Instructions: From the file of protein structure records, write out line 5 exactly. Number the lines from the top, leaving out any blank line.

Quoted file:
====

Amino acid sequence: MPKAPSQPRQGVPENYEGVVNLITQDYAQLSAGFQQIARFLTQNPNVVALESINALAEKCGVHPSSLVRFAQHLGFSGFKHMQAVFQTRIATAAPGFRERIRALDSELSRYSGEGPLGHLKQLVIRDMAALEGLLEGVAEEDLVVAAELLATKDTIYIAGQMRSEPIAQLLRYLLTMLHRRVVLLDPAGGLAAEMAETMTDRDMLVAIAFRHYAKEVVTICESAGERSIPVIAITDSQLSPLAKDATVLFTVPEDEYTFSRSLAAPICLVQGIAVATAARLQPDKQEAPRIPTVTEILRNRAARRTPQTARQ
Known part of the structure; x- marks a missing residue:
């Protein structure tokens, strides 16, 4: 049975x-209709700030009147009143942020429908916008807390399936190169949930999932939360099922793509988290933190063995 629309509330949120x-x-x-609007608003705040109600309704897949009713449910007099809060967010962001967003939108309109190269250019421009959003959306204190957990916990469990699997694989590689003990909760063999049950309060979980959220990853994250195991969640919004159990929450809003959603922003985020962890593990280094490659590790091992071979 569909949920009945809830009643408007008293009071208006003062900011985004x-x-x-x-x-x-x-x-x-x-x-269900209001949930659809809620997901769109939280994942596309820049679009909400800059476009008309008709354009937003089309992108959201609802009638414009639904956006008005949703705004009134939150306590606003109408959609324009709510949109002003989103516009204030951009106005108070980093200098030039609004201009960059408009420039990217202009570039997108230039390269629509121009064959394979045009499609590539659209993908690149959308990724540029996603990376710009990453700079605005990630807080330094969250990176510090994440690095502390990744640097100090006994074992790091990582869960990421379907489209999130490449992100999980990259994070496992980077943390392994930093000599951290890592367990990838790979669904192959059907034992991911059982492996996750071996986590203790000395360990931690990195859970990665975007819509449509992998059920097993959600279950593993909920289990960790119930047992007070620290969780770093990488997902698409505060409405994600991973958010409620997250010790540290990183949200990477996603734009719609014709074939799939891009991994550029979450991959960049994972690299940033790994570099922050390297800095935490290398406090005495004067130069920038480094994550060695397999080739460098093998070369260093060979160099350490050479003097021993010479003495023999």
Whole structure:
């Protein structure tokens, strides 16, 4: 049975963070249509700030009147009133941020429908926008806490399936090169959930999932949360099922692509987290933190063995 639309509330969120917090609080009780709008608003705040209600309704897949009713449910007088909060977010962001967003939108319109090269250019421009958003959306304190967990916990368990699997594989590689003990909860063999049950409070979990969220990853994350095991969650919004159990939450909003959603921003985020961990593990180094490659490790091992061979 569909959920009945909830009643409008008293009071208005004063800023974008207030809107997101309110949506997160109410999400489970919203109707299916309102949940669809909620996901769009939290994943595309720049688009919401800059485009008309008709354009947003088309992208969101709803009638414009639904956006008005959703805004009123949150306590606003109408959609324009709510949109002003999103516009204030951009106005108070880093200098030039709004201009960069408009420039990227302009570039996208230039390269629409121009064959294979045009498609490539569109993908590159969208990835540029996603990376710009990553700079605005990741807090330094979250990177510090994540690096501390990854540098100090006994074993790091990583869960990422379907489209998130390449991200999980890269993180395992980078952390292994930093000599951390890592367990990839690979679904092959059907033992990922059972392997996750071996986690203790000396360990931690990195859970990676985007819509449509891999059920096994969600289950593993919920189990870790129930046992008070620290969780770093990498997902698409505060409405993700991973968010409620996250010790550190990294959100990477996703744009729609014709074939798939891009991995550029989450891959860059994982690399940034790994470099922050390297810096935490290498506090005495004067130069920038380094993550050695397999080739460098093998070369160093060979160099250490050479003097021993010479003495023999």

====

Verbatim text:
């Protein structure tokens, strides 16, 4: 049975963070249509700030009147009133941020429908926008806490399936090169959930999932949360099922692509987290933190063995 639309509330969120917090609080009780709008608003705040209600309704897949009713449910007088909060977010962001967003939108319109090269250019421009958003959306304190967990916990368990699997594989590689003990909860063999049950409070979990969220990853994350095991969650919004159990939450909003959603921003985020961990593990180094490659490790091992061979 569909959920009945909830009643409008008293009071208005004063800023974008207030809107997101309110949506997160109410999400489970919203109707299916309102949940669809909620996901769009939290994943595309720049688009919401800059485009008309008709354009947003088309992208969101709803009638414009639904956006008005959703805004009123949150306590606003109408959609324009709510949109002003999103516009204030951009106005108070880093200098030039709004201009960069408009420039990227302009570039996208230039390269629409121009064959294979045009498609490539569109993908590159969208990835540029996603990376710009990553700079605005990741807090330094979250990177510090994540690096501390990854540098100090006994074993790091990583869960990422379907489209998130390449991200999980890269993180395992980078952390292994930093000599951390890592367990990839690979679904092959059907033992990922059972392997996750071996986690203790000396360990931690990195859970990676985007819509449509891999059920096994969600289950593993919920189990870790129930046992008070620290969780770093990498997902698409505060409405993700991973968010409620996250010790550190990294959100990477996703744009729609014709074939798939891009991995550029989450891959860059994982690399940034790994470099922050390297810096935490290498506090005495004067130069920038380094993550050695397999080739460098093998070369160093060979160099250490050479003097021993010479003495023999």